In Person: Guillermo Del Toro, Katie Holmes & “Don’t Be Afraid of the Dark”

WARNING: Film spoilers in the text and video below!

It took a long time to bring Don't Be Afraid of the Dark to the screen. 

Back in 1998, Guillermo Del Toro wrote a script based on a 1970s TV movie. He took the screenplay to the Weinsteins at Miramax but didn't agree with the changes they wanted so he walked away. After Miramax fell apart recently, Del Toro dusted off his first draft of Don’t Be Afraid of the Dark and locked in comic book artist Troy Nixey to direct it.

The movie had its premiere on Monday night here at the Film Society's Walter Reade Theater where the cast and filmmakers talked about the new movie with Film Comment editor Gavin Smith.

Katie Holmes (pictured above, left) stars in Don’t Be Afraid of the Dark as the unwelcome step mother figure to a young girl (Bailee Madison, pictured above, right) staying with her dad and girlfriend in a beautiful and scary old house that is filled with secrets. While exploring a hidden chamber, she encounters mysterious creatures with a connection to the mansion’s past.

“Fairy tales were the cradle of horror tales,” said Guillermo Del Toro, discussing the roots of his new movie, which he also co-produced. The always entertaining Mexican filmmaker, known for such films as Pan’s Labyrinth, Hellboy and The Devil’s Backbone, explained that he’s a devotee of famous Welsh author Arthur Machen and his depiction of fairies as tiny evil creatures.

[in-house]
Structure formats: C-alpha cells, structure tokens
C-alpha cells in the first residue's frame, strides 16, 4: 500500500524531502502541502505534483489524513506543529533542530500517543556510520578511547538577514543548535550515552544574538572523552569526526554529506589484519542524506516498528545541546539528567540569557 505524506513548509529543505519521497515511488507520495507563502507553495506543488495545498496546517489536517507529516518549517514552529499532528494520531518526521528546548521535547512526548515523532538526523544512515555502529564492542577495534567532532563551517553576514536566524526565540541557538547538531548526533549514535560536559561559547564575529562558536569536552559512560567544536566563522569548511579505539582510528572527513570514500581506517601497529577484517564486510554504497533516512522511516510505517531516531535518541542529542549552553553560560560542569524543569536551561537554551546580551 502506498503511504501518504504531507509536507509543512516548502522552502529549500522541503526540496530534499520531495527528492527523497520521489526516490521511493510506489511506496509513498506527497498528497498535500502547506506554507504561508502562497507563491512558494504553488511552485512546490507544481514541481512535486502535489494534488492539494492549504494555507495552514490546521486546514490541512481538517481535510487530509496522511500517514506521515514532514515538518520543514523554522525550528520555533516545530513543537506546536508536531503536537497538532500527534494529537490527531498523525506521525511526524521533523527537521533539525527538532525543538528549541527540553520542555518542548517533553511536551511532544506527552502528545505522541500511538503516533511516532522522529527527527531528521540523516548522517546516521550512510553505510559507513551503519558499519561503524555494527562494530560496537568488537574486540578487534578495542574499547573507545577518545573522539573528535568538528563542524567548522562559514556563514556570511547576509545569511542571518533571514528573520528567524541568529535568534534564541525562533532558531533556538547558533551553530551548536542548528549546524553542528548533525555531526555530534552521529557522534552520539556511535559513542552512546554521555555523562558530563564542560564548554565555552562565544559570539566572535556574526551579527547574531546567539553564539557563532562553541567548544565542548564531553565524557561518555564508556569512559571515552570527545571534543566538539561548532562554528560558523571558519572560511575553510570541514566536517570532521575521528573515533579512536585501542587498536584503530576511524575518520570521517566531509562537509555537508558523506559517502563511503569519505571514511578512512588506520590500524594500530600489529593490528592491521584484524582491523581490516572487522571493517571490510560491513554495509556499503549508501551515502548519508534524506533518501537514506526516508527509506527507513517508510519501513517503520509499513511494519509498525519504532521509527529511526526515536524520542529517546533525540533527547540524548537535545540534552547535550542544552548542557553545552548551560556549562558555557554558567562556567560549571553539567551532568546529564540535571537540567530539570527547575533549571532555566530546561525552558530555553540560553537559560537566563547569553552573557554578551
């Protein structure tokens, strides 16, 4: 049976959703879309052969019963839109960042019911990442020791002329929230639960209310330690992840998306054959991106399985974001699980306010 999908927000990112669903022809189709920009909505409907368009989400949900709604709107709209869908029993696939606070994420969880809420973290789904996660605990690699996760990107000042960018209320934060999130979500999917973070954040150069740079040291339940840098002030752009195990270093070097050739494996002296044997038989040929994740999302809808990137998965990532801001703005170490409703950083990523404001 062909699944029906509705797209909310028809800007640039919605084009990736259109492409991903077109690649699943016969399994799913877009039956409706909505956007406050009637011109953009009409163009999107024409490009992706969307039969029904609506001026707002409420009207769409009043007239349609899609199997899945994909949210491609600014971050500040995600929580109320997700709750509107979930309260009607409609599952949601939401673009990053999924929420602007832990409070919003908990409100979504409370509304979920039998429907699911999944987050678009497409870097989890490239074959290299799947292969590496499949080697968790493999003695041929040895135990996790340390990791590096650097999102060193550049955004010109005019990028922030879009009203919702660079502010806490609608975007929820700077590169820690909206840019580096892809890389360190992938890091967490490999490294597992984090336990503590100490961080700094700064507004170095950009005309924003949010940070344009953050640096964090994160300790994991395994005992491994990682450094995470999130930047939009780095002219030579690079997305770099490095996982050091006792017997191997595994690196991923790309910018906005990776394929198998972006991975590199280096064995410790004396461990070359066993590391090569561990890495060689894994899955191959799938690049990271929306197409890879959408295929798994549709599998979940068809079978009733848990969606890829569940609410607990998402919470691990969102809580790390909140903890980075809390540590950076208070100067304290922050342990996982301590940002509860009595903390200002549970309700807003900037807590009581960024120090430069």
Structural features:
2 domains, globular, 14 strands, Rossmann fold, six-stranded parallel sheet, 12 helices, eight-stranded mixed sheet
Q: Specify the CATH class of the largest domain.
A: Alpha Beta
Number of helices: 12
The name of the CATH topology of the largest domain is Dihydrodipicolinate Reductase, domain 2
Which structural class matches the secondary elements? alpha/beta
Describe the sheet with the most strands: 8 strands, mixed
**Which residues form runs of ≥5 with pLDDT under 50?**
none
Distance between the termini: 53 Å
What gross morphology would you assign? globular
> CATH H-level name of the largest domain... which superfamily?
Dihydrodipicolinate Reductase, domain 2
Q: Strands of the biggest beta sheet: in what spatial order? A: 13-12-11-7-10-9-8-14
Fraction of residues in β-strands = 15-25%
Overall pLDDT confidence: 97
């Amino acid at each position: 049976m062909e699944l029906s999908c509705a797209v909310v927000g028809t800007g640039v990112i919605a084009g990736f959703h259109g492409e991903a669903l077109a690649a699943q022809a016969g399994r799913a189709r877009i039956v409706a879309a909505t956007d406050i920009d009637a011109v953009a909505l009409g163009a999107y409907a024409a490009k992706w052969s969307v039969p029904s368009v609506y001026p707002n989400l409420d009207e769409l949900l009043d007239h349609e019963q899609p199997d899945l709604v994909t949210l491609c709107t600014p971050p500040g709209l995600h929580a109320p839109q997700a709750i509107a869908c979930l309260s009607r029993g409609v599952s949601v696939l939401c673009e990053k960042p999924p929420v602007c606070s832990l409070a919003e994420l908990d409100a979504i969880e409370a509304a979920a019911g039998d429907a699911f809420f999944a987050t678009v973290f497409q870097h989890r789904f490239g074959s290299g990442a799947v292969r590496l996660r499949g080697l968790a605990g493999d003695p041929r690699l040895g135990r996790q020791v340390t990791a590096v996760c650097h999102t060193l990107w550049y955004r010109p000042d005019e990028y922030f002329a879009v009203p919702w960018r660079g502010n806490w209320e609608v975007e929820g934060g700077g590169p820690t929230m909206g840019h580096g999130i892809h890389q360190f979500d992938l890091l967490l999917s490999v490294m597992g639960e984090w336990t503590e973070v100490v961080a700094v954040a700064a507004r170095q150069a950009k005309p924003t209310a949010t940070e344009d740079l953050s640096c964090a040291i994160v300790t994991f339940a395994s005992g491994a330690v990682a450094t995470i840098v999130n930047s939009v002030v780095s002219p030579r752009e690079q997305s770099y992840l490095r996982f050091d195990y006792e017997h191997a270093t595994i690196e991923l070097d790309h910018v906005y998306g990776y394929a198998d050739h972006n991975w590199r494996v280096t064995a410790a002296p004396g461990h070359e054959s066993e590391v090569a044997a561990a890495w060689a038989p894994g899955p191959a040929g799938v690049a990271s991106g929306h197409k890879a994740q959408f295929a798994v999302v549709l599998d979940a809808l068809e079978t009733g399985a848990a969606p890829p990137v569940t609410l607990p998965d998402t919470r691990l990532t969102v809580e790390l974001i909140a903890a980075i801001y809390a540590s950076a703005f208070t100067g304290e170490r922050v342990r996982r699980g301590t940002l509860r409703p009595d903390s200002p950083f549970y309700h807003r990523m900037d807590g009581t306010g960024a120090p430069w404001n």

“Fairies, in pagan mythology, are not blinky, shiny little fuckers,” elaborated Guillermo Del Toro, during a discussion that had young Bailee Madison covering her ears frequently as she tried to dodge his salty language. “They are really nasty, dirty, ambivalent, malevolent, all of the above, you know? And I like that. That aspect has not been explored.”

Like Del Toro’s other films, a young child is at the center of this new version of Don’t Be Afraid of the Dark. Moderator Gavin Smith asked Del Toro why kids are always so integral to his films.

 “To me, the seen of horror was childhood,” Del Toro said, “I was terrified of everything. I believe children of great complexity.”

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